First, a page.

The time step is chosen as for the SGH model, the AFOD filter, and the proposed algorithm [19], because these diffusion methods are highly sensitive to the time step. In the PM model and the YK model, the time step is chosen as . For the proposed algorithm, to evaluate the effect of the edge threshold parameter , Figures 5 and 6 present the denoising results under varying values of on the Lena image corrupted by Gaussian noise with the standard deviation of 10 and 15, respectively. The denoising results in Figures 5 and 6 are obtained at a fixed number of iterations and , respectively. Figures 5(b)5(d) show that is the optimal parameter value that gives the best visual diffusion result when , while is the optimal parameter value when , as can be seen from Figures 6(b)6(d). The other two ( and 4) are either too small or too large, which will lead to leaving noise in the denoised image or oversmoothing the image details. Therefore, the edge threshold needs to be increased for the larger standard deviation of noise. The number of iterations has been hand-tuned to produce the good result for different images.

Figure 5: Comparison of denoising results from the proposed algorithm under varying values of : (a) noisy image with the standard deviation of 10, (b) , (c) , and (d) .
Figure 6: Comparison of denoising results from the proposed algorithm under varying values of : (a) noisy image with the standard deviation of 15, (b) , (c) , and (d) .
5.1. Image Quality Measures

Let be the original image and let be the denoised image, and assume to be the size of . The MAE and PSNR are, respectively, defined as

Here, the smaller the MAE value is, the better the denoising effect will be. And the larger the PSNR value is, the less the image distortion will be.

Apart from the above two measures, the MSSIM index [23] is used to evaluate the overall image quality, defined aswhere and denote the content of the th local window in original and denoised images, respectively, is the number of local windows of the image, and the structural similarity is given bywhere and denote the mean value of and , respectively, and denote the variance of and , respectively, is the covariance of and , and , , where is the dynamic range of pixels values (255 for 8-bit grayscale images) and and are constants.

Here, the MSSIM can measure the similarity of two images including the luminance, contrast, and structure and a larger MSSIM value indicates a better image structure-preserving capacity.

5.2. Comparative Results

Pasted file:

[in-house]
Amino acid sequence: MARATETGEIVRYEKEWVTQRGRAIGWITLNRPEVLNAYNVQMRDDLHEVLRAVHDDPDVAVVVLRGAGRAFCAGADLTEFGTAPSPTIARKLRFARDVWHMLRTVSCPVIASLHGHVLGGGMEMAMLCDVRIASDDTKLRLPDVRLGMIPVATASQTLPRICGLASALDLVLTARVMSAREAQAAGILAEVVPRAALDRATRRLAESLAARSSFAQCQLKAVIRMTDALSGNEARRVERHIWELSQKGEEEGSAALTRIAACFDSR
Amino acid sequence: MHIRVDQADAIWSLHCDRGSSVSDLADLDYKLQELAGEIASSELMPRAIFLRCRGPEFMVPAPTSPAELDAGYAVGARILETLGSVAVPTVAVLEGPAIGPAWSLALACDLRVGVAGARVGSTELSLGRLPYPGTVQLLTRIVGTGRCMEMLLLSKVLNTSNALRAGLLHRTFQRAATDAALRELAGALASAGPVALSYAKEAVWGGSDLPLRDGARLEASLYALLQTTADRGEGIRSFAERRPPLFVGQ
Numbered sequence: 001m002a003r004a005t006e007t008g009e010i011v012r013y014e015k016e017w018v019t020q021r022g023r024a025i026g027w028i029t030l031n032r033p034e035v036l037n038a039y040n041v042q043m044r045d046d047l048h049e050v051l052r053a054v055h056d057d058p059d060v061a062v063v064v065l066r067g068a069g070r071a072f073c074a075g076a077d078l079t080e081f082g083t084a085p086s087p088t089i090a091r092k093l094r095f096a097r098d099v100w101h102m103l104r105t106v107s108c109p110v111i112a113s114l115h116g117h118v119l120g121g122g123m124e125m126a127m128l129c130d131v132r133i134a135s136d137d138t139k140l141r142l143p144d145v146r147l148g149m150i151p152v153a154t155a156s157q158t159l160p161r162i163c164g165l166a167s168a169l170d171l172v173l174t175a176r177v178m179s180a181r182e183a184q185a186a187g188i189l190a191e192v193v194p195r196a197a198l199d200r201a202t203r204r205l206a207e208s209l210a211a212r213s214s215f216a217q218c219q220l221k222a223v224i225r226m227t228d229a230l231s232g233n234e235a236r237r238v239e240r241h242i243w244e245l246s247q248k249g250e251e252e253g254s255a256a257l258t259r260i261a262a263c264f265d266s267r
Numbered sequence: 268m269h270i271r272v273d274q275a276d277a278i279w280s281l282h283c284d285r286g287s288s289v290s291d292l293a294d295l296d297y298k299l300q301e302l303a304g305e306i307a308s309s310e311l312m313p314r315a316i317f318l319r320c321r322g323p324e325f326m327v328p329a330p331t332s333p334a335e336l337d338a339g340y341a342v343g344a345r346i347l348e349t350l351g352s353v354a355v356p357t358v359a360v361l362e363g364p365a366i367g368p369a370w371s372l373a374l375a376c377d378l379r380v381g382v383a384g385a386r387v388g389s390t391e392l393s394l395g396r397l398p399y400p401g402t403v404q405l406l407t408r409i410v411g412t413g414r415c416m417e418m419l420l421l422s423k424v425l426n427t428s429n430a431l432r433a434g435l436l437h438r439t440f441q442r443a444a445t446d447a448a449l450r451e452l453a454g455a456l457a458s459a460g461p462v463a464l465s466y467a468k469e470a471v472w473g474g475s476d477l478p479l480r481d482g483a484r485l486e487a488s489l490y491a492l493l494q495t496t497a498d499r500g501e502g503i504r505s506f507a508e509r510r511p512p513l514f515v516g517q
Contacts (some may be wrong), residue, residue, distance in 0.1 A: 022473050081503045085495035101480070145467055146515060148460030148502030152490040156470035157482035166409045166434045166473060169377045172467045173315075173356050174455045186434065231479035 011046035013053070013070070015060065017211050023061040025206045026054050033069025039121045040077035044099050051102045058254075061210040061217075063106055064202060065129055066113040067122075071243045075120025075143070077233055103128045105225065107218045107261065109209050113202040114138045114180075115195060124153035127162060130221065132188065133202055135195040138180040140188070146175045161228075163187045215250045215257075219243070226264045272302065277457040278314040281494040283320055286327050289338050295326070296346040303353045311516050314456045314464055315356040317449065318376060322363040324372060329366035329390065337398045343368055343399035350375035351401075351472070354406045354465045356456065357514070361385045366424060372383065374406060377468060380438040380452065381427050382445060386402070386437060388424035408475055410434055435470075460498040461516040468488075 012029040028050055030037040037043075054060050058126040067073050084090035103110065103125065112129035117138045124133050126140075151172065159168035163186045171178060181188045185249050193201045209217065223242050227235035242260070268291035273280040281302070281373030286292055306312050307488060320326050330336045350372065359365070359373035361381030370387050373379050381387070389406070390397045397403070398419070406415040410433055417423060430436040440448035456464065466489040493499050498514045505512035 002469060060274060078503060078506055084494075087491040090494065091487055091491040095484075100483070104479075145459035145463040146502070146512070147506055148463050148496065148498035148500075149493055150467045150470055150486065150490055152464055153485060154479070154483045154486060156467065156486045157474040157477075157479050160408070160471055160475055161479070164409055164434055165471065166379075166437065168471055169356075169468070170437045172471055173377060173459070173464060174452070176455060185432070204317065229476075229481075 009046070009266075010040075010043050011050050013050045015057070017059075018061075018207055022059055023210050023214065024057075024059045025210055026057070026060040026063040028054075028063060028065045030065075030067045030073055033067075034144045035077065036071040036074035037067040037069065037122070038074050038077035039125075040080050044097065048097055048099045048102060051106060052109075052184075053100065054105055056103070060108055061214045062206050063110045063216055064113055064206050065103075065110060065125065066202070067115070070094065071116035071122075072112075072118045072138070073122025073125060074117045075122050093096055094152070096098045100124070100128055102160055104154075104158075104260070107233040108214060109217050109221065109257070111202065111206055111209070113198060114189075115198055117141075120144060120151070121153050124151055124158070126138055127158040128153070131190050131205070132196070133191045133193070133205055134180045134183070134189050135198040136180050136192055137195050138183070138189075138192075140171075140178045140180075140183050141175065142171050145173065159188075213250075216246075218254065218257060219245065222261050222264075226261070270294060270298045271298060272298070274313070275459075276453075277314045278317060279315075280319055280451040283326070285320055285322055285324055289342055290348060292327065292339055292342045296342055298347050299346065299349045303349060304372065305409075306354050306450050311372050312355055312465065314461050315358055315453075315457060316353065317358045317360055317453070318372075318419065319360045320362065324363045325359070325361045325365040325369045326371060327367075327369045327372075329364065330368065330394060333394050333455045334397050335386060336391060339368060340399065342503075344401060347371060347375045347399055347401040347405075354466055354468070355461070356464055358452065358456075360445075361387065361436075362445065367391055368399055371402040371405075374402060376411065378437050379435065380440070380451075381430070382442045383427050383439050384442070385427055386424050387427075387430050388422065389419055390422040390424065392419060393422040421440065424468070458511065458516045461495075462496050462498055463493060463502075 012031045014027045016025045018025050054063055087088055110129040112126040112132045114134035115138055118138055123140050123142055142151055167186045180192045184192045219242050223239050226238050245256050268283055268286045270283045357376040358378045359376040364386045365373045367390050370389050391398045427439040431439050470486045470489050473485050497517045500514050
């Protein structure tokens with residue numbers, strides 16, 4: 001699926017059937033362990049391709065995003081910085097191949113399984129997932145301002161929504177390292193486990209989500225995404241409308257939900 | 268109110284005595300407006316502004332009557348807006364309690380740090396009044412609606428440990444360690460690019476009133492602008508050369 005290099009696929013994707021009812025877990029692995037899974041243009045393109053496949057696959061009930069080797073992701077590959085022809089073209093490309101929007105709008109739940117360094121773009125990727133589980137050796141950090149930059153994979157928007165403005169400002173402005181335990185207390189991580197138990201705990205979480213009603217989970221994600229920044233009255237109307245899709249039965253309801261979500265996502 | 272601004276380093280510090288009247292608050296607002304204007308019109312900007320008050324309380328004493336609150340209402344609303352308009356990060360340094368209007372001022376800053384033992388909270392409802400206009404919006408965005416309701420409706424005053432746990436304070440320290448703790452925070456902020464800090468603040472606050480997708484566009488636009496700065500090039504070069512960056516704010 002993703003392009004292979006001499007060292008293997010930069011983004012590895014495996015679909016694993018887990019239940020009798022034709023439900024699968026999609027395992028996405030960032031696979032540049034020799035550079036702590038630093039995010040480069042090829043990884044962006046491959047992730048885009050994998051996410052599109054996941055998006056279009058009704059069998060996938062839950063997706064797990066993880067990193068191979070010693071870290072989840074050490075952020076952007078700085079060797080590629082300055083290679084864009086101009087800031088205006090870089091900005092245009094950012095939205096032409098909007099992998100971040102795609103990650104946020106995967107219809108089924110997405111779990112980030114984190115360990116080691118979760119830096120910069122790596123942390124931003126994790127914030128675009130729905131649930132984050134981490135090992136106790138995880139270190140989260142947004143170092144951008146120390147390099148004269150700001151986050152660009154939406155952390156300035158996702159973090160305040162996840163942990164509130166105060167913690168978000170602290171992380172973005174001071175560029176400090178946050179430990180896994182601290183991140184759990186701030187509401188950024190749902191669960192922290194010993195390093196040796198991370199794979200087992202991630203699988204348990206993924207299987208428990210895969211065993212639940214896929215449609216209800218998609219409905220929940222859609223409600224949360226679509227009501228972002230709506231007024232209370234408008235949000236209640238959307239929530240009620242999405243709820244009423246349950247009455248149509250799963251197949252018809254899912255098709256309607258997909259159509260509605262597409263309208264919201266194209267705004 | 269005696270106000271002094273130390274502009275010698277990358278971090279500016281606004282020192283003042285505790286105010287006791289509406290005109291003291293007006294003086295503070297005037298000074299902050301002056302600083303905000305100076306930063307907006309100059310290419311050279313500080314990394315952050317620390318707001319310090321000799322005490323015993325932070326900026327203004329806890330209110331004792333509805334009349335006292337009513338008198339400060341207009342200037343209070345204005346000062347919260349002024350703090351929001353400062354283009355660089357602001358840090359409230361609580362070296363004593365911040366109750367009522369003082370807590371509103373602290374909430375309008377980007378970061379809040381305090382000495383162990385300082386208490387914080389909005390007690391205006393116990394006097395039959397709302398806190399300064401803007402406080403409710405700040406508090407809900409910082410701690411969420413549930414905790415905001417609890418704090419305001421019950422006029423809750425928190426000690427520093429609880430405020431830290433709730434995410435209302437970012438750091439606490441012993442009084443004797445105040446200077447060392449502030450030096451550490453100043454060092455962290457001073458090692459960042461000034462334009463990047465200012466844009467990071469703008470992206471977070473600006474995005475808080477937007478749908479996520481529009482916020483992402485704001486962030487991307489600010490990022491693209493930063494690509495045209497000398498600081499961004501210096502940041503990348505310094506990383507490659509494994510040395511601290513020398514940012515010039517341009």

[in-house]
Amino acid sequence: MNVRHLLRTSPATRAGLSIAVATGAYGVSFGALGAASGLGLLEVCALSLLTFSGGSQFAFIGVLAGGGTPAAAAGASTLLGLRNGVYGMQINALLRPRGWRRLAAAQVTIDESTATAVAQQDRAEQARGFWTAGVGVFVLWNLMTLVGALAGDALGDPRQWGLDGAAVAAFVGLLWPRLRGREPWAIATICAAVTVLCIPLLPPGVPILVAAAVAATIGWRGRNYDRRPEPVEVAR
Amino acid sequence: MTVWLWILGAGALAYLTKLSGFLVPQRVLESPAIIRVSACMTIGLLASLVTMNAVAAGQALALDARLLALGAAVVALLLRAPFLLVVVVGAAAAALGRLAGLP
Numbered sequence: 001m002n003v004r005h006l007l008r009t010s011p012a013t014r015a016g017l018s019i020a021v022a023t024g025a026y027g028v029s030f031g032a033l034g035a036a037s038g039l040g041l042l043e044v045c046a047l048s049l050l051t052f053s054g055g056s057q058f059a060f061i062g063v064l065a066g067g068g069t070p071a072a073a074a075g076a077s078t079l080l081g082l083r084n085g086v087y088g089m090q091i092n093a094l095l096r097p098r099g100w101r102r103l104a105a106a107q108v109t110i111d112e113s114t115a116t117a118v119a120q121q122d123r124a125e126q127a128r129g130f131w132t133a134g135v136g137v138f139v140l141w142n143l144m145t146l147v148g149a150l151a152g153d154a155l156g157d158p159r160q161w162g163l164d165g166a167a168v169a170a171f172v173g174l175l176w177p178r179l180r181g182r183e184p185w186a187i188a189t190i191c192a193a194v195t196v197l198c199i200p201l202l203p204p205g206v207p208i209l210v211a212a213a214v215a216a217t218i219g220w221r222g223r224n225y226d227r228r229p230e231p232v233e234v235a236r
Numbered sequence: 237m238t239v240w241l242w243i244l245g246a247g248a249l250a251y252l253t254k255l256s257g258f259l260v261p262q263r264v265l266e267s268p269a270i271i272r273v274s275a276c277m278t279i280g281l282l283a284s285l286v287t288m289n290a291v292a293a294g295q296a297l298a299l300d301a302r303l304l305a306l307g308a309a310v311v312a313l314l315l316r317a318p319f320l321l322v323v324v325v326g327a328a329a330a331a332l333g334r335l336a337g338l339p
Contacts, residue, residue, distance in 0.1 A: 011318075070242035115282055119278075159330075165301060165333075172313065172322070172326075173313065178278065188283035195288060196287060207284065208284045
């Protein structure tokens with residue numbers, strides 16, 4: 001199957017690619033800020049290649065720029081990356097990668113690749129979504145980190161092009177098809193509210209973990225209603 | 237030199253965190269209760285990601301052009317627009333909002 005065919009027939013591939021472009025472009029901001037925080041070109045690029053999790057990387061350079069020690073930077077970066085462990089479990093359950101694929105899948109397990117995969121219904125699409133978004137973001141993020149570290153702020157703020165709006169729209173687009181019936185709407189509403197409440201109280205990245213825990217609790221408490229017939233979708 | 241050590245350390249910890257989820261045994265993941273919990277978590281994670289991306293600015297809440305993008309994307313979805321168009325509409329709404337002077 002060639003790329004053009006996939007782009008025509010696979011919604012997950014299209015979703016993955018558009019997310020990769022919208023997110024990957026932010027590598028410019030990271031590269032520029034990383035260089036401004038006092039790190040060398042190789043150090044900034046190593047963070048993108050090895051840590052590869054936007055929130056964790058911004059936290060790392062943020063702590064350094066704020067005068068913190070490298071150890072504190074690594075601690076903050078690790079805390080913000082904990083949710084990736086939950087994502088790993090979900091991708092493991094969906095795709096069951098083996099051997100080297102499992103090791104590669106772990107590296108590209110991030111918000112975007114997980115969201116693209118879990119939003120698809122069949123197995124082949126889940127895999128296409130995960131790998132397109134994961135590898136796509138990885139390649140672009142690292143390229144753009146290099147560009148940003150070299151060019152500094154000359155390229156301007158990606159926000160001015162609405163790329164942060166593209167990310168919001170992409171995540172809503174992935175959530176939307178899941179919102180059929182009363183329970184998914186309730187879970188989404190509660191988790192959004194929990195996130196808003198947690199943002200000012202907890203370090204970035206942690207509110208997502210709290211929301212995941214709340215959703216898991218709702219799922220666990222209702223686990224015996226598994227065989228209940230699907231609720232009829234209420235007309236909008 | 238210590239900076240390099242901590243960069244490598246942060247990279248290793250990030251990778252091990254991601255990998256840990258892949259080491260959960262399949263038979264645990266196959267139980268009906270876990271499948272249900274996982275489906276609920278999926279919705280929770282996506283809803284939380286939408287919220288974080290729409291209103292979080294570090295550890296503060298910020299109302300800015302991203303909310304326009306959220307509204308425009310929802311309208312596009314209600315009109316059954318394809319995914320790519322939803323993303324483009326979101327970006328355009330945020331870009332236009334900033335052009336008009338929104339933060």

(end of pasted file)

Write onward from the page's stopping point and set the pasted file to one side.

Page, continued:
Figure 7(a) is the original Lena image and Figure 7(b) presents the noisy image corrupted by Gaussian noise with the standard deviation of . The edge threshold is set to 2 in all compared methods. The results of various denoising methods and the corresponding number of iterations are shown in Figures 7(c)7(g). In order to clearly display the denoising effects of the related methods, Figure 8 presents the enlarged portions of the images shown in Figure 7. From Figure 8(c), it can be observed that the PM model creates evident staircase effect in the denoised image. Although the YK model suppresses staircase effect, this model creates isolated speckles, as seen in Figure 8(d). Figures 8(e) and 8(l) illustrate that the SGH model loses some details, in spite of the good denoising ability. From Figure 8(f), we can observe that the denoised image obtained by the AFOD filter has a little staircase effect in the flat region because of the anisotropic diffusion at noisy pixels. It is clearly demonstrated that the proposed algorithm overcomes the deficiency of the SGH model and the AFOD filter, respectively, and can not only avoid staircase and speckle artifacts while smoothing noise, but also preserve details and edges perfectly, as can be perceived through Figures 8(g) and 8(n).

Figure 7: Comparison of the denoising results from various methods: (a) original Lena image, (b) noisy Lena image with the noise standard deviation of 10, (c) PM model (70 steps), (d) YK model (180 steps), (e) SGH model (200 steps), (f) AFOD filter (300 steps), and (g) proposed algorithm (330 steps).
Figure 8: The enlarged portions of the images shown in Figure 7: (a) and (h) corresponding to Figure 7(a), (b) and (i) corresponding to Figure 7(b), (c) and (j) corresponding to Figure 7(c), (d) and (k) corresponding to Figure 7(d), (e) and (l) corresponding to Figure 7(e), (f) and (m) corresponding to Figure 7(f), and (g) and (n) corresponding to Figure 7(g).

For further verifying the validity and versatility of the proposed algorithm, the original Barbara image, the noisy image with the standard deviation of , the denoised images from various methods, and the corresponding number of iterations are presented in Figures 9(a)9(g). All compared methods are carried out by setting . At the same time, the enlarged portions (homogeneous and textured regions) of the Barbara images after applying various denoising methods are presented in Figure 10 to have a clearer view. It is evident that the PM model, the YK model, and the AFOD filter cannot remove noise thoroughly in view of the fact that staircase artifacts or speckle artifacts exist in the flat regions of the denoised images, as seen in Figures 10(c), 10(d), and 10(f). From Figure 10(l), we can observe that a great number of texture details are smoothed by the SGH model, because the gradient modulus cannot effectively distinguish between details and noise. Figures 10(g) and 10(n) illustrate that the denoising and edge-preserving capacity of the proposed algorithm are better than those of the other methods.